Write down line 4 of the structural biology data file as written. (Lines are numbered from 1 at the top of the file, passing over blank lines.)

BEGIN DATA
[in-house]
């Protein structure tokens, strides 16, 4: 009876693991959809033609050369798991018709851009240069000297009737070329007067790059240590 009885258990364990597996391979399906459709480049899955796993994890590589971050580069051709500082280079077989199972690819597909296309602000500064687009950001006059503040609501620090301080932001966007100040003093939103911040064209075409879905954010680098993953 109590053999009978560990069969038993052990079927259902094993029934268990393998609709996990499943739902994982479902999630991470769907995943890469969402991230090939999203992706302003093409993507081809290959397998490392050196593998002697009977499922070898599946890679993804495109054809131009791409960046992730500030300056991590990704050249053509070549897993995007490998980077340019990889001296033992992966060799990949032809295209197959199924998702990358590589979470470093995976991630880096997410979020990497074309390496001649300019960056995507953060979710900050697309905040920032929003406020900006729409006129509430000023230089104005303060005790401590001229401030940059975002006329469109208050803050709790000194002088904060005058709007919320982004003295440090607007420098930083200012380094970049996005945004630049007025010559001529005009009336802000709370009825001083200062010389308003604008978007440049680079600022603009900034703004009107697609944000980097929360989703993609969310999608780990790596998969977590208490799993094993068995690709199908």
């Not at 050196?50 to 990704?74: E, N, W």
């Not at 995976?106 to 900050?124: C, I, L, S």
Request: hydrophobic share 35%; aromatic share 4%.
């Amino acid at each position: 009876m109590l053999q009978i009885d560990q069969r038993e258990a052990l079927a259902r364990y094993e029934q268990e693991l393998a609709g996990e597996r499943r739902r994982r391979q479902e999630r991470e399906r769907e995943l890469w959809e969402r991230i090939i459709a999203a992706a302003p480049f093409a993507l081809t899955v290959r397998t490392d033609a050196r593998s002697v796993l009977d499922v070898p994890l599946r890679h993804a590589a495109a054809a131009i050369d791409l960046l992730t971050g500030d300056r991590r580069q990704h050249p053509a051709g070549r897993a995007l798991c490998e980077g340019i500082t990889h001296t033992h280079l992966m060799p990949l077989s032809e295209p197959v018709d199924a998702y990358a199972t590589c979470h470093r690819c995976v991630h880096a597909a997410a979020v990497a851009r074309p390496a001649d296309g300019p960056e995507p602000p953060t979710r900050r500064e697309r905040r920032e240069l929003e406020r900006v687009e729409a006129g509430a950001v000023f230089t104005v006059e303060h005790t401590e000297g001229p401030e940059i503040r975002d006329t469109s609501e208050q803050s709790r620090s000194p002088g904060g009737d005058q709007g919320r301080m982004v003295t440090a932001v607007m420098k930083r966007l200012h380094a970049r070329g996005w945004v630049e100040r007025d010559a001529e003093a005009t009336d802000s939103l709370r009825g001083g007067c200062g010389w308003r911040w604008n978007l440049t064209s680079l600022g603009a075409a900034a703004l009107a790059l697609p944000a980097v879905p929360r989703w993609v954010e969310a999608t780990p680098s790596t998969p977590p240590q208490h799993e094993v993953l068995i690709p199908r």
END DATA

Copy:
């Not at 995976?106 to 900050?124: C, I, L, S």